A) Flow cytometry analysis of a representative sample of peripheral blood leukocytes; CD8 cells were sorted by forward vs. side scatter pattern (left panel) and the expression of CD3 and CD8 (right panel). Quadrants indicate percentage of CD8. Representative expression of the CD8 profile (left panel): CD25+CD127+ (B) and CD127-CCR5high (C). Scatter plot (right panel) summarizing the distribution (mean ± SD) of indicated CD8 phenotype according to alcohol consumption pattern: CD25+CD127+ (B) and CD127-CCR5high (C). a,b,cIndicates homogeneous groups using DMS contrast where a > b > c.

https://doi.org/10.1371/journal.pone.0132521.g001

Regarding Activation, the percentage of T-CD8 CD25+ CD127+ is lower in Binge drinkers when compared to Light drinkers, while the percentage of T-CD8 CD127- CCR5high is higher in the Binge group (Fig 1B and 1C). Also, the Binge group presented higher expression of CD69 (recent activation) and lower expression of both TLR4 (sensitivity to LPS), PD1 (down regulator) and percentage of T-CD8 CD137+ (antigen-specific activation) (Fig 2, Table 2).

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Fig 2. Alcohol consumption patterns modify the expression of CD69 and TLR4 in peripheral CD8.

Representative FACS histograms for MFI of CD69 (upper panel) and TLR4 (lower panel) in peripheral CD8 population. MFI comparison of control (as FMO) and alcohol consumption groups (left panel). Scatter plot (right panel) summarizing the MFI of CD69 (upper panel) and TLR4 (lower panel) separated by alcohol consumption pattern. FMO: fluorescence minus one. a,b,cIndicates homogeneous groups using Tamhane contrast where a > b > c.

https://doi.org/10.1371/journal.pone.0132521.g002

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Table 2. Immunophenotyping of peripheral T-CD8 participants according to their drinking pattern.

https://doi.org/10.1371/journal.pone.0132521.t002

In regard to Trafficking, the Binge group had higher percentage of T-CD8 CD127+CCR5high and lower expression of CCR2 and CXCR4 on T-CD8. The Binge group also had high percentage of T-CD8+GB+CXCR4+ (Table 2).

Factorial analysis

Since the immune system works as an integrative mechanism by combining different sets of cellular phenotypes, and in order to associate clusters of these phenotypes, a factor analysis was performed. Only molecular expression on T-CD8 by MFI was used for PCA. VARIMAX rotation showed 3 components with high factor loading. These components were labeled Early Activation, Effector Activation and Trafficking (Table 3). The KMO measure (Activation: 0.547 and Trafficking: 0.685) and Bartlett’s Test of Sphericity (p<0.001 in both groups) indicated sampling adequacy and variability, respectively.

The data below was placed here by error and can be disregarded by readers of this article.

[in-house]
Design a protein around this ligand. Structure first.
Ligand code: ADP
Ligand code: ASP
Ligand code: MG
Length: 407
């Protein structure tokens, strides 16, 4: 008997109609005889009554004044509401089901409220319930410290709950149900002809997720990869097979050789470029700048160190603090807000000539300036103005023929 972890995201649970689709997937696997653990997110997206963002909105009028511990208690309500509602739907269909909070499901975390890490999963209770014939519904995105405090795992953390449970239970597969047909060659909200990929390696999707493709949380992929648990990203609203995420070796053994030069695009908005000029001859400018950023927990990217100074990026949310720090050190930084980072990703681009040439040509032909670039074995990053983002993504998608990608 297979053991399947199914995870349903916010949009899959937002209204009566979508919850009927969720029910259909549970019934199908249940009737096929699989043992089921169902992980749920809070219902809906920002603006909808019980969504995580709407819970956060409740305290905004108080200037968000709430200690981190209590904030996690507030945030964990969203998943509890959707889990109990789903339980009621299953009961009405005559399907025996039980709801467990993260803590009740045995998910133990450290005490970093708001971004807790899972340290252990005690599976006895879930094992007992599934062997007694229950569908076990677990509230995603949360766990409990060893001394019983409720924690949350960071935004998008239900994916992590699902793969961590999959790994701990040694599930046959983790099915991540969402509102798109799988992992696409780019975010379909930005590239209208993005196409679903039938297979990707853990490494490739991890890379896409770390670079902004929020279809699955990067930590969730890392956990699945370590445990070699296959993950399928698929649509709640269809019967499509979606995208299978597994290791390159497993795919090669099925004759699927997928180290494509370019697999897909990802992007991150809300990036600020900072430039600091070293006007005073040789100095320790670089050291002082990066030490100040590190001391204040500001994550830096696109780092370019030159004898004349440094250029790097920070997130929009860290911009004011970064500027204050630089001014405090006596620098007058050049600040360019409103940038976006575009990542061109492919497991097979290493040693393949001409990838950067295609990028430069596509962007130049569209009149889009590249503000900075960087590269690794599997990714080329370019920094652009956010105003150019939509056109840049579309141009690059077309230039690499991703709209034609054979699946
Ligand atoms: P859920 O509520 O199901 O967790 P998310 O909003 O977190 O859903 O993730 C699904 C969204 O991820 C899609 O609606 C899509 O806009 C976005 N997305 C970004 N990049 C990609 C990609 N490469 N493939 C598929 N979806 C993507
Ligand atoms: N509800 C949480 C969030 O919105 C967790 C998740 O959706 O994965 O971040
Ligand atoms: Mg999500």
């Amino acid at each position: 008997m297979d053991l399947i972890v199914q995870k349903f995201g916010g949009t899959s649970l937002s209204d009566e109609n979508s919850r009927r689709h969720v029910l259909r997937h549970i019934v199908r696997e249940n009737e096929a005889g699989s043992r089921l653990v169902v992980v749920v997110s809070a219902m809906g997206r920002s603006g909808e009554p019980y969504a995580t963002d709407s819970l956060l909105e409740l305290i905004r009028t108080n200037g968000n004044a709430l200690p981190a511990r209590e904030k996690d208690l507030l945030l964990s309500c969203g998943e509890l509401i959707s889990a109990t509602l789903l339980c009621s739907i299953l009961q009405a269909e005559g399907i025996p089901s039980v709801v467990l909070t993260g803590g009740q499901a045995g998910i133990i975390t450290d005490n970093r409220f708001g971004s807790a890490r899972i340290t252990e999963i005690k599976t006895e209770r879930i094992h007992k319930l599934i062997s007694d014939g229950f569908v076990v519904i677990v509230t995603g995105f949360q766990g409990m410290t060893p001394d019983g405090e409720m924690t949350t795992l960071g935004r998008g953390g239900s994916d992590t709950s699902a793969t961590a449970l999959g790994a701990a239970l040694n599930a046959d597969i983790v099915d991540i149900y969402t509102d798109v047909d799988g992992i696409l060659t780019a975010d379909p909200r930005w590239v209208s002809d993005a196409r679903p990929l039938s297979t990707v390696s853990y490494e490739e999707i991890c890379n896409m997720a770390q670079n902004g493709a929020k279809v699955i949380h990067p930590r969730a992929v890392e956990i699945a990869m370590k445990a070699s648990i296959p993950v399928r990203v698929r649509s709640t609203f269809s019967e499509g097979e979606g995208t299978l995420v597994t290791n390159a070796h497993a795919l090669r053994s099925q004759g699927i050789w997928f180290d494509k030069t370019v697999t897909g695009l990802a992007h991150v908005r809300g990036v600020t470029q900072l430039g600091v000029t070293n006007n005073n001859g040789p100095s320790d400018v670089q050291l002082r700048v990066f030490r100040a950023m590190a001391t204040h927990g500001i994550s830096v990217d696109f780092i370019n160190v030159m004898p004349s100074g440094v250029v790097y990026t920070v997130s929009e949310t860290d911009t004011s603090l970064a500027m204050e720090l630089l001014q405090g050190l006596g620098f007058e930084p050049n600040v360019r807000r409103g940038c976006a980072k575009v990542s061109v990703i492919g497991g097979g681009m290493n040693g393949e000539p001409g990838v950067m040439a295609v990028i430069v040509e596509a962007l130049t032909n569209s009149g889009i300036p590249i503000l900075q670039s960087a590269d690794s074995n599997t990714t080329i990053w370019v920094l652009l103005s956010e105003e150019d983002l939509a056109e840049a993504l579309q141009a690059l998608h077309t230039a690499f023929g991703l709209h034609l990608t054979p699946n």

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Table 3. Measure loadings after varimax rotation of first three components of principal component analysis.

Rotated factor loadings variables of activation, trafficking and cytotoxicity settings were used to conform the components as described in Material and Methods.

https://doi.org/10.1371/journal.pone.0132521.t003

The Binge group exhibited fewer Early Activation Factor (Fig 3A up) and Trafficking Factor (Fig 3A down) than the Light and Intermediate groups. The Intermediate group shows fewer Effector Activation factors than the Light group (Fig 3A middle). The Light group exhibits the highest levels ​(Fig 3B, dark area) while the Binge group exhibits the lowest.

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Fig 3. Factorial analysis.

A) One way ANOVA stratified by alcohol consumption pattern and 3 specific factors: Early Activation (Upper graph), Effector Activation (Middle graph) and Trafficking (Lower graph) B) Association of the factors in a XYZ surface plot, Z axis Trafficking factor, X axis Early Activation factor and Y axis Effector Activation factor. a,b,cIndicates homogeneous groups using DMS contrast where a > b > c. A,B,CIndicates homogeneous groups using Tamhane contrast where A > B > C.

https://doi.org/10.1371/journal.pone.0132521.g003

Discussion

The AUDIT questionnaire was developed to screen excessive drinking patterns and help practitioners to identify people who would benefit from reduction or abstention from drinking [27]. Although widely used in medical practice, this scale does not take in consideration the rapidity of consumption or alcohol type as the HEPCA survey does [16]. Light, Intermediate and Binge groups have AUDIT indexes concordant with increasing consumption. The Intermediate group has a level of consumption between low-risk and hazardous drinking, and their AUDIT index average is around 8. γGT level is customarily used as a marker for heavy alcohol use [28] and alcoholic liver disease [29]; unsurprisingly this marker is increased in the Binge drinking group when compared to the Light-drinking group (Table 1).